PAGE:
- ‘Tis the Season: London florist creates $4.6 million Christmas wreath
- No tailgating allowed at Super Bowl XLVIII
- Pentagon to transport African troops to Central African Republic
- Chinese man fed up with his girlfriend’s shopping jumps to his death
- Ukraine leader to talk with protesters; Washington urges caution
- Pope Francis: A nun saved my life
- Israeli P.M. Netanyahu backs out of Mandela funeral
- Elian Gonzalez makes first trip outside Cuba since custody battle
- U.S., British intelligence agents enter online sci-fi world to spy on gamers
- Sarah Palin to host the outdoors show ‘Amazing America’
Latest Herbert Hoover Items
Ready for a change from the summer doldrums or the city's hustle and bustle? It seems a weekend getaway to your own vacation home would be just the ticket.
The nation may be heading for its first presidential election in 80 years without a military veteran on either major-party ticket.
My mom passed away in December at the age of 101. She left me a few old coins to be passed to her as-yet unborn great-great-grandchildren. Her two favorite presidents were Herbert Hoover and Ronald Reagan, while her least favorite presidents were Franklin D. Roosevelt, Lyndon B. Johnson and most recently Barack Obama. Why? The simple answer is gold and silver.
In this well-written and highly readable account of presidential interrelations, we're told by Time magazine veterans Nancy Gibbs and Michael Duffy that the idea for what they call "The Presidents Club" was born at the end of World War II, when Harry S. Truman tapped Herbert Hoover to lead the effort to stave off starvation in Europe.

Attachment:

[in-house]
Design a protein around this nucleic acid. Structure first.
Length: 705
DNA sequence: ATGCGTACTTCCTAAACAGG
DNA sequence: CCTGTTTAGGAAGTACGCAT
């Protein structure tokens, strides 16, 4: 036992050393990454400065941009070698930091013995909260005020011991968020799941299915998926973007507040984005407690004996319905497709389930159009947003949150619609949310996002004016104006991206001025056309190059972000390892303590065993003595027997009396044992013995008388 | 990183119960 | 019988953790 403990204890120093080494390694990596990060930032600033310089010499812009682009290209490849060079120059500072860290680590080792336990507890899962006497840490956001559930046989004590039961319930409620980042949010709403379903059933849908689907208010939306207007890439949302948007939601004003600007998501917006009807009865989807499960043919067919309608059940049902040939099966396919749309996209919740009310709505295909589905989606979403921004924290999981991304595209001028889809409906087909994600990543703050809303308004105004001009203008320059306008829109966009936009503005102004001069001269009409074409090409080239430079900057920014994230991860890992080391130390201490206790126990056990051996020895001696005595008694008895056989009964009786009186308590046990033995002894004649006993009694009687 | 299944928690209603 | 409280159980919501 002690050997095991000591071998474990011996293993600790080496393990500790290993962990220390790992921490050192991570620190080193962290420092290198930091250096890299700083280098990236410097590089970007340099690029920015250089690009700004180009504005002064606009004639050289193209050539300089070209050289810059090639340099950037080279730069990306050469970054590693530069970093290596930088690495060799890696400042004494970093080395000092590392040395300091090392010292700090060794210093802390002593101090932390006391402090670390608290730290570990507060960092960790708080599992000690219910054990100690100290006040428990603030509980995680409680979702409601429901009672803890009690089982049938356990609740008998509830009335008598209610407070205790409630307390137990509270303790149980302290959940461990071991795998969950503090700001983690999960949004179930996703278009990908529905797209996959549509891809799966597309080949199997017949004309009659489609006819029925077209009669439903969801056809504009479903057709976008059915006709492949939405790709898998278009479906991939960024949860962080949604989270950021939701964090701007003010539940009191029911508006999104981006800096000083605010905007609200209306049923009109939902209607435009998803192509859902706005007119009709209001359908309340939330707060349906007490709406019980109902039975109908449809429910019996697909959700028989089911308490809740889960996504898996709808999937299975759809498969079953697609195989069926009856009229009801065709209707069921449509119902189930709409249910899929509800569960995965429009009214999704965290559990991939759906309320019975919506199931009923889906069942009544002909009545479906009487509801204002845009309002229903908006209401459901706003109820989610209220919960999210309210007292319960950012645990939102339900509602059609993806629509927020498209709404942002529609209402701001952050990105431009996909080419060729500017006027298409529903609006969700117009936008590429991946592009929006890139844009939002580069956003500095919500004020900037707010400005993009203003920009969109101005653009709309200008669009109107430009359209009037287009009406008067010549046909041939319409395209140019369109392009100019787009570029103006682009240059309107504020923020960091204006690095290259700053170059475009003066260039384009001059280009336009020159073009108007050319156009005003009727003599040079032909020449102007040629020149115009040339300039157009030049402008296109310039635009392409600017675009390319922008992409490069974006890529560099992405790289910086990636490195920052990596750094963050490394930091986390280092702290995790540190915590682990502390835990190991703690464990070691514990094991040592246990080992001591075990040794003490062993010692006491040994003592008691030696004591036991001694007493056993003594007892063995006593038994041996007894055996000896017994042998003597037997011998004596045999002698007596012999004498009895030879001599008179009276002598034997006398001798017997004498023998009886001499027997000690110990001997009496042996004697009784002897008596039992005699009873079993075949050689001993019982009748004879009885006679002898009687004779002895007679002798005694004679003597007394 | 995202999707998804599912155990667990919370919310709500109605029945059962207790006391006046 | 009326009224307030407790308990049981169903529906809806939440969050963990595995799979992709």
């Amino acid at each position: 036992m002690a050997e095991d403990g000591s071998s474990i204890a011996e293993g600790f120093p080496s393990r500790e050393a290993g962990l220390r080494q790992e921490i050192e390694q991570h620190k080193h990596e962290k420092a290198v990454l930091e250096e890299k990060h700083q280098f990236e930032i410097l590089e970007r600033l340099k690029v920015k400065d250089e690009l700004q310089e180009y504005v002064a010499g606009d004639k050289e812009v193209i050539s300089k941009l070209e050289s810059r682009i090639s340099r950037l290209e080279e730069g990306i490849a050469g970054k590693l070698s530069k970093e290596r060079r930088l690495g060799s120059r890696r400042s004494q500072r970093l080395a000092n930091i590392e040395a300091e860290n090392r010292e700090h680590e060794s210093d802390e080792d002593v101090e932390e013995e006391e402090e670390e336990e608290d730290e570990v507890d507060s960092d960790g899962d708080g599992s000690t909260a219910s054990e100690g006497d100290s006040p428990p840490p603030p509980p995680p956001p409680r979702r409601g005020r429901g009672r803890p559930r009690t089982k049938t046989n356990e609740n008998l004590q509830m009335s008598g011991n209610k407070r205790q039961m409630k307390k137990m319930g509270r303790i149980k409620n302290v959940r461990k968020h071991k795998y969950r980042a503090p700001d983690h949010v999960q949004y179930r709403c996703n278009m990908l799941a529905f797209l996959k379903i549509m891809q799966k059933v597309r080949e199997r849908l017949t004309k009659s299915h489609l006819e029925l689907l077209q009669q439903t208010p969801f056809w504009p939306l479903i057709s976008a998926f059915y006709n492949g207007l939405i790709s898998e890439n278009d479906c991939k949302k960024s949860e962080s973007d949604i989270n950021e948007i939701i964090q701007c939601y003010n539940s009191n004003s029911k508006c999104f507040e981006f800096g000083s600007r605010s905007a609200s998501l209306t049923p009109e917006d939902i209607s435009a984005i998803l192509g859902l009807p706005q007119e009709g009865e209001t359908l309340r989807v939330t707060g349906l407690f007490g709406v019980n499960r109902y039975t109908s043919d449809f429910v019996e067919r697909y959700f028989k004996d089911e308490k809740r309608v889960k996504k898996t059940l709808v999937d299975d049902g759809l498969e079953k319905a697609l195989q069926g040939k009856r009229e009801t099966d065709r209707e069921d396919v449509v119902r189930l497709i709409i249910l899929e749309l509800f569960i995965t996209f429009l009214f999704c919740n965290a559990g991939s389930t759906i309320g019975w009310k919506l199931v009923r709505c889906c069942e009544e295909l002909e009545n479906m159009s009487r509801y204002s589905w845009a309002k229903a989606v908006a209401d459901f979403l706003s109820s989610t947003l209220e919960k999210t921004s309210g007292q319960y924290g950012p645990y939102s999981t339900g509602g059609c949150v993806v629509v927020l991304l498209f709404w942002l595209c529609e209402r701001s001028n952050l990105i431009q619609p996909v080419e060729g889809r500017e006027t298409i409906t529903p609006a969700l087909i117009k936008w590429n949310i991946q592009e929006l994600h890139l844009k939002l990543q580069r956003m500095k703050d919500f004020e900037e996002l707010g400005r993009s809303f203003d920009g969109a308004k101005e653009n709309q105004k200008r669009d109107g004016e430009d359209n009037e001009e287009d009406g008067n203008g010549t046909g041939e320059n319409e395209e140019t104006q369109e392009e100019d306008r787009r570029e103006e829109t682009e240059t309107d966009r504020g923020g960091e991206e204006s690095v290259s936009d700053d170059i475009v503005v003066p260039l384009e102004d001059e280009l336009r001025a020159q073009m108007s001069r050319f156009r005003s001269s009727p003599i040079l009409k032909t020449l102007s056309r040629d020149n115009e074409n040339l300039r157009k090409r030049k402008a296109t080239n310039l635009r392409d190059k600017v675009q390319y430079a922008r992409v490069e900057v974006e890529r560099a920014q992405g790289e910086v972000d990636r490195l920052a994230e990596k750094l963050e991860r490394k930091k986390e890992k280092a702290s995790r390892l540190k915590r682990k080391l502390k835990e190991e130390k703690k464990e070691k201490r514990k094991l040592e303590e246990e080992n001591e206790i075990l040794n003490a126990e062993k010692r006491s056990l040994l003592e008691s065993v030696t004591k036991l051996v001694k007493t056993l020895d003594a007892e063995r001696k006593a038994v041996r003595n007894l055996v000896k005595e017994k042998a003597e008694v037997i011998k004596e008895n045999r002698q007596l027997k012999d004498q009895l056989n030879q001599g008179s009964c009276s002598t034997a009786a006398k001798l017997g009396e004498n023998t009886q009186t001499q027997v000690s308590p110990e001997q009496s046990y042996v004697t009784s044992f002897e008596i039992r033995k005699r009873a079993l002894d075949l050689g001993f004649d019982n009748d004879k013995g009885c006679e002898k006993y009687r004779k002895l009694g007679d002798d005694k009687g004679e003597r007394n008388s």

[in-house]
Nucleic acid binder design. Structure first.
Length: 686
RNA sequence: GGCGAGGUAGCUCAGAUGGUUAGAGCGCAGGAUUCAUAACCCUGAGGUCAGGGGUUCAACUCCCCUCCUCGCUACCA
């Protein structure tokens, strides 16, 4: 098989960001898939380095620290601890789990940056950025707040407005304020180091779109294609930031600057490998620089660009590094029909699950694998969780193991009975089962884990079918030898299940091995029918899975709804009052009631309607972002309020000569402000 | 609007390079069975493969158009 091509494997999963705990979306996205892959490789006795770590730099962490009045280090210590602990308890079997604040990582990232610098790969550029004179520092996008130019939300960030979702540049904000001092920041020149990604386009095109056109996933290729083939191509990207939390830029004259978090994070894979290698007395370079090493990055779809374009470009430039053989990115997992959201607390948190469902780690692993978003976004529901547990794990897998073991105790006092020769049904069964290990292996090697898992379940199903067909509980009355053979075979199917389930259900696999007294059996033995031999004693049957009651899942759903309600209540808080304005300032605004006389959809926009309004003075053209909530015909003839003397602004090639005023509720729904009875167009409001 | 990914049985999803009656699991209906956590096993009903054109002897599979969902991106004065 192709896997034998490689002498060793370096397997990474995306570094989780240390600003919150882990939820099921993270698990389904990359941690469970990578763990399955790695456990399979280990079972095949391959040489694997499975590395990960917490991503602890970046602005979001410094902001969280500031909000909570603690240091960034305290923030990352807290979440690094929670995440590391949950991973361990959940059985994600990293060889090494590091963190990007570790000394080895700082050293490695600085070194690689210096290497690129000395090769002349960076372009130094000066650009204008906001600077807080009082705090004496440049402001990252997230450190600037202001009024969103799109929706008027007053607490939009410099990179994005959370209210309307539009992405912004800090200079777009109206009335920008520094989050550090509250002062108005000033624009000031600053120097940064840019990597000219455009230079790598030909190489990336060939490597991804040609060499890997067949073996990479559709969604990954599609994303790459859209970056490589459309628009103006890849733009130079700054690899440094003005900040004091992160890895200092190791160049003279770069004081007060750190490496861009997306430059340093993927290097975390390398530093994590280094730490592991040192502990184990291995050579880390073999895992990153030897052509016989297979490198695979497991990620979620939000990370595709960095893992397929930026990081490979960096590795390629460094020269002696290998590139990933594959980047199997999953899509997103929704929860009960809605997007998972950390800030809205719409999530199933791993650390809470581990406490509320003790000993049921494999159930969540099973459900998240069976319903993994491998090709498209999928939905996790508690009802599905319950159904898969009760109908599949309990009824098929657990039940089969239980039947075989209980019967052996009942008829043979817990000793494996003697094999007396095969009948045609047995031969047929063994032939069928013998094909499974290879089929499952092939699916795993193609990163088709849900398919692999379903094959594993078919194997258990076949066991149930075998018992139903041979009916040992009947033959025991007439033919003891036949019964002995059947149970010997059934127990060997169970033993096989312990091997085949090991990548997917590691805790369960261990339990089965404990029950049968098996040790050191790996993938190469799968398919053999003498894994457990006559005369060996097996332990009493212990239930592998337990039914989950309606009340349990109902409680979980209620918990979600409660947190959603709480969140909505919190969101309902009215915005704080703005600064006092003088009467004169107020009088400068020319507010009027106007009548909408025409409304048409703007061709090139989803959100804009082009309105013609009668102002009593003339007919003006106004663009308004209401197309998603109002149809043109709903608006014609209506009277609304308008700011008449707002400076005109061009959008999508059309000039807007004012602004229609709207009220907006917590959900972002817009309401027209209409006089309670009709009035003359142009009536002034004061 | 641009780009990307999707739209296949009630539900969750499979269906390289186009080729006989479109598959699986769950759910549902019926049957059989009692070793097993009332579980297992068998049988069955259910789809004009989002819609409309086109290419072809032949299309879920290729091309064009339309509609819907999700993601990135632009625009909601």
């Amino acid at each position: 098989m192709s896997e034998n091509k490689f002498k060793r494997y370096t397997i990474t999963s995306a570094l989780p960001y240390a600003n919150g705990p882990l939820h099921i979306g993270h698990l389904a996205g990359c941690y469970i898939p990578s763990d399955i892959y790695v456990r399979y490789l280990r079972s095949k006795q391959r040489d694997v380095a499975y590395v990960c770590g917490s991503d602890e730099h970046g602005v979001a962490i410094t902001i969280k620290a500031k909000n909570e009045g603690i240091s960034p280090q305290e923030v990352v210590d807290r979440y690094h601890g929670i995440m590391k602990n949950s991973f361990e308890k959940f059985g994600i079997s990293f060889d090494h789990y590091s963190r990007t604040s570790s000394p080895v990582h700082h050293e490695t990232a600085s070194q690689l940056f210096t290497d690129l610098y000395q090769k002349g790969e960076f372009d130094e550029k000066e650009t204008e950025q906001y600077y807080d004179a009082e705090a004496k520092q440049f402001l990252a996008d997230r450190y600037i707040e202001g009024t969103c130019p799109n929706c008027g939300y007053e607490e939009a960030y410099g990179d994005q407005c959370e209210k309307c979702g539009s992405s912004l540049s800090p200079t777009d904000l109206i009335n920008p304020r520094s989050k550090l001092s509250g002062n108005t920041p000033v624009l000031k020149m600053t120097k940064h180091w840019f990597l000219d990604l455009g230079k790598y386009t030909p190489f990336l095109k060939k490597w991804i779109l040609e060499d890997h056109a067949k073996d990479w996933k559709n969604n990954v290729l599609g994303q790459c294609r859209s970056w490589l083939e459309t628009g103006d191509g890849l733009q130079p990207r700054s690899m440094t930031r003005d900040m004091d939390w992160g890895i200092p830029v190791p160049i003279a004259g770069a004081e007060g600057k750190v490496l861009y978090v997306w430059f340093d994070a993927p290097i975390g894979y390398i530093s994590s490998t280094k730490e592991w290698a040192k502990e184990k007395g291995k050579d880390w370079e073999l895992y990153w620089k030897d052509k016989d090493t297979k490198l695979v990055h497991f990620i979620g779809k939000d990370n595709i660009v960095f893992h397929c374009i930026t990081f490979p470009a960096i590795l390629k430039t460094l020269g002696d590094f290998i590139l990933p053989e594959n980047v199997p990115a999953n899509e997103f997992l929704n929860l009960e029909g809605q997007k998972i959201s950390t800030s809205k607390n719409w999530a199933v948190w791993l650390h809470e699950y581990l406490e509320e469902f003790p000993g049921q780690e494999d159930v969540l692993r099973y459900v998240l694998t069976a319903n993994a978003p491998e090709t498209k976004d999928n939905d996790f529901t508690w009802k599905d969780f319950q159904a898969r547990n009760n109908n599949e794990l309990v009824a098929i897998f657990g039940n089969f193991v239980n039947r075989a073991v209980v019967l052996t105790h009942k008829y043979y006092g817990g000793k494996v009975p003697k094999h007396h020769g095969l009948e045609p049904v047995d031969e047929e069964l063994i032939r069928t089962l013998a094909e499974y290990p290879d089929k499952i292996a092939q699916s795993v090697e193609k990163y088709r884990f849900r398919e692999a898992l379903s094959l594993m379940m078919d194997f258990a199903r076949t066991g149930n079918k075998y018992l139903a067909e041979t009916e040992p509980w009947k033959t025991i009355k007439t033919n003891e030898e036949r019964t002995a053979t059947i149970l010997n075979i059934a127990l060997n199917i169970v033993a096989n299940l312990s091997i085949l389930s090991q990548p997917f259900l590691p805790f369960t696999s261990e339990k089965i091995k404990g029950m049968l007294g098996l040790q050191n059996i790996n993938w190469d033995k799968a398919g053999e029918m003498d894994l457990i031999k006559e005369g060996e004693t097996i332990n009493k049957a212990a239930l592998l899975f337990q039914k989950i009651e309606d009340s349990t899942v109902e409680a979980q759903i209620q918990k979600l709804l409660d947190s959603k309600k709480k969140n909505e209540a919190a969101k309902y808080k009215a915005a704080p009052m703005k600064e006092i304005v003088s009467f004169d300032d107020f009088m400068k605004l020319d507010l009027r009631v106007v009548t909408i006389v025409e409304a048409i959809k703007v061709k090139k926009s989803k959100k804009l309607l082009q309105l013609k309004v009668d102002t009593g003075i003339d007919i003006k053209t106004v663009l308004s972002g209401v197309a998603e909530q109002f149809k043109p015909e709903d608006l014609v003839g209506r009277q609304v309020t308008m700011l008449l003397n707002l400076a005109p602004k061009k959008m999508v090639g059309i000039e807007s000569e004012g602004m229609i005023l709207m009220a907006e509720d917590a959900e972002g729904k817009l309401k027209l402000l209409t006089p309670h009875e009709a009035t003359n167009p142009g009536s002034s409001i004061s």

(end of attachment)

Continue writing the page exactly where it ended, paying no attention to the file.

Warning: What you are about to read is a deeply cynical view of the 2012 elections. If you're looking for puppies and rainbows, check back with me another time.
Public figures have little control over how they are remembered. Herbert Hoover did not expect to be forever linked to the Great Depression. Richard Nixon never expected to be known as the only president to resign his office.
The news media seem obsessed with the serial affairs of a younger Newt Gingrich back in the last century. The anger of his second of three wives mysteriously became national news on ABC's "Nightline" on the eve of the South Carolina primary. Millions watched Mrs. Gingrich II complain that Newt and the current Mrs. Gingrich III had done to her (while ill) just about the same thing that she and Newt had earlier done to Mrs. Gingrich I (while ill).
A decade after he was turned out of office by Franklin Delano Roosevelt, America's 31st president, Herbert Hoover, paused to take stock of the nation and its place in the world.
When Vice President Joe Biden rolls into a room to talk politics, frankly, I am ready to laugh. He is, for me, the gaffable Joe Biden. Remember when he told the perky Katie Couric that during the great stock market crash of 1929, President Franklin Roosevelt immediately "got on television" to reassure the American people? Joe apparently reassured Miss Couric; yet others in the audience who knew their history and recognized his gaffe got a huge laugh at Joe's expense. The president in 1929 was, of course, Herbert Hoover, and there was no television.